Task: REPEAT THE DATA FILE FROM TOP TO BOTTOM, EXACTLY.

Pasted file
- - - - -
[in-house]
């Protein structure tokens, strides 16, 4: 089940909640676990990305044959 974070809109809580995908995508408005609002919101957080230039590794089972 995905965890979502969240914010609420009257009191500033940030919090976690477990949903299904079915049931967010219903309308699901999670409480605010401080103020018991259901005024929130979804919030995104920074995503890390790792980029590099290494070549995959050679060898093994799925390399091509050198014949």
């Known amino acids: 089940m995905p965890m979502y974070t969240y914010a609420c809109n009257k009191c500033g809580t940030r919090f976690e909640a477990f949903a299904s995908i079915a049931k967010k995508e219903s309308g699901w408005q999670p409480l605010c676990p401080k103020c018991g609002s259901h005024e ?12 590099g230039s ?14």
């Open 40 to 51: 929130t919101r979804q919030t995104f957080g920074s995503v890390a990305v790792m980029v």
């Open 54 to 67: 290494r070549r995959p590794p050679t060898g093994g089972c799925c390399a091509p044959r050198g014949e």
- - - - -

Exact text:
[in-house]
């Protein structure tokens, strides 16, 4: 089940909640676990990305044959 974070809109809580995908995508408005609002919101957080230039590794089972 995905965890979502969240914010609420009257009191500033940030919090976690477990949903299904079915049931967010219903309308699901999670409480605010401080103020018991259901005024929130979804919030995104920074995503890390790792980029590099290494070549995959050679060898093994799925390399091509050198014949």
């Known amino acids: 089940m995905p965890m979502y974070t969240y914010a609420c809109n009257k009191c500033g809580t940030r919090f976690e909640a477990f949903a299904s995908i079915a049931k967010k995508e219903s309308g699901w408005q999670p409480l605010c676990p401080k103020c018991g609002s259901h005024e ?12 590099g230039s ?14």
């Open 40 to 51: 929130t919101r979804q919030t995104f957080g920074s995503v890390a990305v790792m980029v």
């Open 54 to 67: 290494r070549r995959p590794p050679t060898g093994g089972c799925c390399a091509p044959r050198g014949e």